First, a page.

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Climbing Kirkjufell the morning after

Pictures are at the bottom...

After a looong night on the beach, we still largely managed to rise fairly early. Some of us obviously in better states of repair than others :)

After a nice leisurely breakfast, a lot of people returned to their preferred summer pastime, lounging and dozing in the sun. Lovely as that can be, I was a little bit sunburnt, and not hung over enough. Besides, I'd been trying to talk people into going up Kirkjufell while we were chatting the night before. Quite torn, I had really hoped to get the whole group to go up there, I eventually abandoned the lounge scene, despite it being filled with sleeping beauties, and headed off to give the mountain a try with Iveta and Jonas.

We would later joke with some people we met on top that, "all the icelanders are sleeping it off, all the foreigners are out here doing something"

Kirkjufell is quite an inspiring mountain. 463m, almost straight out of the sea. It has a very jagged skyline from Grundarfjörður, and is meant to be quite a serious hill. I had heard it was quite doable, but there were a couple of rope sections to climb up on, and wasn't to be taken too lightly.

It's also damn steep! And it was hot! We'd had great weather all weekend, maybe 17C, and only the lightest of breezes. Nevertheless we trooped onwards and upwards, quite glad for the dry weather, the grass on a slope like this would have been pretty treachourous in the wet.

We passed a group of icelanders having a break just before it got steep, but they were to have the last laugh. We saw a rope up one way, and I headed on up towards it, thinking it must be the first rope section. Fools. I should have known from the treachorous approach to the base of the rope. Oh, and that the bottom of the rope was still 3m up some pretty stiff climbing on loose rock, with a horrible landing.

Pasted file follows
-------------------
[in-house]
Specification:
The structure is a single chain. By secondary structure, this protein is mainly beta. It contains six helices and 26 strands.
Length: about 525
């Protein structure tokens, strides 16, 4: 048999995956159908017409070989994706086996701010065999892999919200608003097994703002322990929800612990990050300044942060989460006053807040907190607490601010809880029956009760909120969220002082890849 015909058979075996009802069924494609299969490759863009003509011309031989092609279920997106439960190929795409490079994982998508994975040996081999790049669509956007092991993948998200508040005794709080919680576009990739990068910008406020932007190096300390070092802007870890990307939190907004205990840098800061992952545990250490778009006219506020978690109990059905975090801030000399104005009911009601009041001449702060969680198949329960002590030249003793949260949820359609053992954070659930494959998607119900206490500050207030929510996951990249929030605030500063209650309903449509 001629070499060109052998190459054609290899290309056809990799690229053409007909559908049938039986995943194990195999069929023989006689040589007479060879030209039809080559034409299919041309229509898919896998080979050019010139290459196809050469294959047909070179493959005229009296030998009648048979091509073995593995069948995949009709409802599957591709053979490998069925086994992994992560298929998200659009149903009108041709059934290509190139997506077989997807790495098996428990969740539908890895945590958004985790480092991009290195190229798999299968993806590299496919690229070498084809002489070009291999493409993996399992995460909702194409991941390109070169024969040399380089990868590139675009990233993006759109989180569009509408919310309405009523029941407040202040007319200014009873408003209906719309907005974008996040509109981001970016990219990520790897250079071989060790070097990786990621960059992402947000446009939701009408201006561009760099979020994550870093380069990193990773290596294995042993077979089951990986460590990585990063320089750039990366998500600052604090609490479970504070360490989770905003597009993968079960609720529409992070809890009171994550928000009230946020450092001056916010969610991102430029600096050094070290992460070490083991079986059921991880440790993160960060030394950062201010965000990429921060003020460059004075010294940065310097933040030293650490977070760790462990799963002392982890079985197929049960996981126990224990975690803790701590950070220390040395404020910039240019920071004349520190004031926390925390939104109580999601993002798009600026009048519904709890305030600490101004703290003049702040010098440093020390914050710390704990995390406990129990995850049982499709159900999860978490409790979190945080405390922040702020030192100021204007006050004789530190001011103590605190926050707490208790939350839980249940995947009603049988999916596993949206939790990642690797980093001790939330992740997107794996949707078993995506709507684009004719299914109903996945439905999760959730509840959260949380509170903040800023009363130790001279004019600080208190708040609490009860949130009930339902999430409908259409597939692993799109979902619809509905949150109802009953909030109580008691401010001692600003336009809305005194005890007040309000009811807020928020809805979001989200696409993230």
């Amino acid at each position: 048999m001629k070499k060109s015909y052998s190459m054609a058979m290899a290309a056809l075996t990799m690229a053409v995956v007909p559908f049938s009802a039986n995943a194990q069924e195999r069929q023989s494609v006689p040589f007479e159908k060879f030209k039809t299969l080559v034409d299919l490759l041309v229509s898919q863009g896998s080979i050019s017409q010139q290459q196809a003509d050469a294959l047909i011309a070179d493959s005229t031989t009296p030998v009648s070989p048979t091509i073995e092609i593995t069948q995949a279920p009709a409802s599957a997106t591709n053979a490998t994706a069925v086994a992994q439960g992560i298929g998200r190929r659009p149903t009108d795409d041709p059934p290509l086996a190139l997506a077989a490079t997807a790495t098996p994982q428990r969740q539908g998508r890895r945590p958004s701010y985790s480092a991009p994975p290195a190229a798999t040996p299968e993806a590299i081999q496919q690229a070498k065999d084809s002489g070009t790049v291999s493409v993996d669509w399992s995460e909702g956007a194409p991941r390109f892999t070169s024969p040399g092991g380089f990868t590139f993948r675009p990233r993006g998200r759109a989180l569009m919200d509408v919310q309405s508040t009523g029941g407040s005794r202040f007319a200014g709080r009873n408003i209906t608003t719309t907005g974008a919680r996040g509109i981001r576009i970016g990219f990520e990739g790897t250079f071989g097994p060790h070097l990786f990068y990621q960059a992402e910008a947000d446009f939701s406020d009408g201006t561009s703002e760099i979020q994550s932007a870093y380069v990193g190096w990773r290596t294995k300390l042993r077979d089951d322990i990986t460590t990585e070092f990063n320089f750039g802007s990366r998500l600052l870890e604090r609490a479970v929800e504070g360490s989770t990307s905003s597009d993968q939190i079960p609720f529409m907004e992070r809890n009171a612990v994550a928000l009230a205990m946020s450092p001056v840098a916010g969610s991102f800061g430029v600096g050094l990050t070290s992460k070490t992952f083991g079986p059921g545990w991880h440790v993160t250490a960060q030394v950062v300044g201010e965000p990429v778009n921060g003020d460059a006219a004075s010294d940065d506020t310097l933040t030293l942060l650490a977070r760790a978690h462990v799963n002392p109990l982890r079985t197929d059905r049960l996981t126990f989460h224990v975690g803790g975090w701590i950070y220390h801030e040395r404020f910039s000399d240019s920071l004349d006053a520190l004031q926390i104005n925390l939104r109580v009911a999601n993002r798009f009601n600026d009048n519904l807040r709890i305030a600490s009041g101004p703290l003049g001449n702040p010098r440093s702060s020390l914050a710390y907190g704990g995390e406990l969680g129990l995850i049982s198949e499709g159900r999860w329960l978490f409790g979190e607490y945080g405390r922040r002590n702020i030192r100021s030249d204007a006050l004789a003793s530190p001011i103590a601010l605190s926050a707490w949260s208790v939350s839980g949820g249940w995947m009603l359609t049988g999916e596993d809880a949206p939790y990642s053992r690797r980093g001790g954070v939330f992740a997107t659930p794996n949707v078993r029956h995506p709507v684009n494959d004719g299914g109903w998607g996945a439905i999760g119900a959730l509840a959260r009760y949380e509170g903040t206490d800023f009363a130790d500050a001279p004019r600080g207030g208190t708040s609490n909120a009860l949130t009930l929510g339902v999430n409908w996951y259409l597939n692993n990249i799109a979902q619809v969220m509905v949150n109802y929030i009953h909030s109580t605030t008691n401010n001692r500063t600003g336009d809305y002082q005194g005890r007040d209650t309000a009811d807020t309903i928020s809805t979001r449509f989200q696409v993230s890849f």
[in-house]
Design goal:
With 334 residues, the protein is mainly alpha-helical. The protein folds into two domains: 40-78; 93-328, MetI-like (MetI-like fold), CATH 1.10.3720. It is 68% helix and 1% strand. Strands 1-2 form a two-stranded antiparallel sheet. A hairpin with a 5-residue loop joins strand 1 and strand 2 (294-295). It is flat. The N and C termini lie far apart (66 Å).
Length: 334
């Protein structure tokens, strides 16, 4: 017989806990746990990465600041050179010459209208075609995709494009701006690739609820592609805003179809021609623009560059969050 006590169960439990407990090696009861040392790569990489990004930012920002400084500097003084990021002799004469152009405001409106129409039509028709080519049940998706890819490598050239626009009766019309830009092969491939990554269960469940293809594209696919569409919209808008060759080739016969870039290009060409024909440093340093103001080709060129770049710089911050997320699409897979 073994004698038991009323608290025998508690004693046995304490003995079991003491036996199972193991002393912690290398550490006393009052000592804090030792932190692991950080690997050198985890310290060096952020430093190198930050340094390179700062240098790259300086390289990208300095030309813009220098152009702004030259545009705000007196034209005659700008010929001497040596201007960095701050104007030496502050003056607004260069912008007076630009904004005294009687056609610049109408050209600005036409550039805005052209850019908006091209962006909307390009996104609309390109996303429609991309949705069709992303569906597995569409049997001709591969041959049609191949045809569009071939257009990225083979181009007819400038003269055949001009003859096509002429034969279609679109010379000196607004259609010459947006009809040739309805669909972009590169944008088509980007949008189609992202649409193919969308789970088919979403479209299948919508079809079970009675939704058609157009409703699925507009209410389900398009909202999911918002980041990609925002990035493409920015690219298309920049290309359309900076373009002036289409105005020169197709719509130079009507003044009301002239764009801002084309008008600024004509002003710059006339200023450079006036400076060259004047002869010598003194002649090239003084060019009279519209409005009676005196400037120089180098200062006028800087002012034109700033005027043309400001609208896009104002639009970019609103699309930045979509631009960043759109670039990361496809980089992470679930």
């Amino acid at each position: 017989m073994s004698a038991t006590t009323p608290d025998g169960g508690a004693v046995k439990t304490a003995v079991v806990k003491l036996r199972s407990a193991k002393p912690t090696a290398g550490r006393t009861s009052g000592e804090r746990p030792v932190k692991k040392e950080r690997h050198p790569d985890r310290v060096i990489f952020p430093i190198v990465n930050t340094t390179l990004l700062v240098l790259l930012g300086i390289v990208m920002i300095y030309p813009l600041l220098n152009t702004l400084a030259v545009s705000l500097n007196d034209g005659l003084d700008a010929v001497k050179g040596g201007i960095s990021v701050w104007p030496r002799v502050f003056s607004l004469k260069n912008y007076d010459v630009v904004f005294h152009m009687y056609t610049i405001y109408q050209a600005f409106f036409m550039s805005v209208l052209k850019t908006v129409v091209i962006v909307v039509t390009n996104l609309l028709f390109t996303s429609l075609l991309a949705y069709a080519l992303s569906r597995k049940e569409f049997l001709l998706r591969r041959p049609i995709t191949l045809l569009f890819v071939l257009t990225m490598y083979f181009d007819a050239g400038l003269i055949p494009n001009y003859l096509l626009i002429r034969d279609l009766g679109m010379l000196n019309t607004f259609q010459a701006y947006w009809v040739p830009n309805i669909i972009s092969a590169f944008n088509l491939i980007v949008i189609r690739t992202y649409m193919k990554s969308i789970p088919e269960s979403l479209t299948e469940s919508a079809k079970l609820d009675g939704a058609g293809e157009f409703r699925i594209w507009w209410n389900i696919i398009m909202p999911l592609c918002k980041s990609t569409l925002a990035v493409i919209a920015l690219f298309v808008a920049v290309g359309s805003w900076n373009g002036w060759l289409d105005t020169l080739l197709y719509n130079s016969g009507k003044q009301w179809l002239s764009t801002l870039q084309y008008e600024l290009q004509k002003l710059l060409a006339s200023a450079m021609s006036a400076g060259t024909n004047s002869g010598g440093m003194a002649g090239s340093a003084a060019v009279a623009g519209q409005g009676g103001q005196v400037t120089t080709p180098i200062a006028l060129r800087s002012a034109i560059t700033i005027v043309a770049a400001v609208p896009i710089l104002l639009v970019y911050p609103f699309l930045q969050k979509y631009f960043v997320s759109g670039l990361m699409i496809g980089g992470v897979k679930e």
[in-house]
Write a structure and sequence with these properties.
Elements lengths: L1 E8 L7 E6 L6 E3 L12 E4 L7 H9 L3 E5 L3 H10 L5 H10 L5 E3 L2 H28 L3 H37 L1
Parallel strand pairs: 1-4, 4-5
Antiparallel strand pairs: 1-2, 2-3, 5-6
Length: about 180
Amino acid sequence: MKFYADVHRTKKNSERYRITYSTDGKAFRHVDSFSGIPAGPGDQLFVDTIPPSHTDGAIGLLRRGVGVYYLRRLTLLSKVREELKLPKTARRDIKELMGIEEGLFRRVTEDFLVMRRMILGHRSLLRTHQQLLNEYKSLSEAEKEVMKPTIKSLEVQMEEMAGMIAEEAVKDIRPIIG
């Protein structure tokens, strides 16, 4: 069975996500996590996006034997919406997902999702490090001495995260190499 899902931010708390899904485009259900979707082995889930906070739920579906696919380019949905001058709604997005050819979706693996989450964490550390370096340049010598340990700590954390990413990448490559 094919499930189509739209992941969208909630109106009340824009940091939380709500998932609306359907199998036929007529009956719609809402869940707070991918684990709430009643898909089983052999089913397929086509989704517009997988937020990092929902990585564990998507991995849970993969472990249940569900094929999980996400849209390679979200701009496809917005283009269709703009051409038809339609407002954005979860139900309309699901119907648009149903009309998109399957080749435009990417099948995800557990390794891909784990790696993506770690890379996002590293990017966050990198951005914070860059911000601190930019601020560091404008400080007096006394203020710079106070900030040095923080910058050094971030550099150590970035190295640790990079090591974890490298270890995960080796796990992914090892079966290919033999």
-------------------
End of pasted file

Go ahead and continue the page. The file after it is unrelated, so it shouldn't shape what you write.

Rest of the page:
Deciding that perhaps the mountain had gotten the better of us, and hey, at least we tried, we returned the way we had came. Though, the Icelandic group had headed off in another direction below us, and they hadn't come back yet. Perhaps there was another way after all.

Perhaps our way was just a suckers track. The other track, which I'd foolishly thought was a dead end, a track made by people looking for an easier way, was actually easy walking. Steep of course, the whole hill was steep, but not dramas. After setting ourselves on the right track, the whole mountain got a lot easier. We would find pieces of track here and there, and eventually, a dog, casually sitting on the hillside, tied to the end of one of the real ropes. A rope that hangs all the way down to the start of the cliff, on a cliff with a pretty nice landing, and that was easier to do with no rope that the death climb we'd said no to earlier.

The top is spacious and lovely, and in such great weather, it was truly magical. This was the hardest mountain I'd been up in a while, and it felt great. Of course, now that I know which way to go, it was actually fairly straightforward. It always helps if you know hard it needs to be. You look for the easier way, because you know it exists. By the time we got to camp, after 2 hours up and 1:20 down, almost everybody had left. Rakel and Kjartan were left, and although they were both sleeping beauties in the camper, all the sleeping beauties we'd left lying around in the sun on the grass had departed. We cooked up a dinner before we left, reluctant to leave, but eventually, headed off home. Iveta had to drive almost all of it, I could barely keep my eyes open, and I don't think Jonas was much better.

Happy birthday kids, it was a great weekend.

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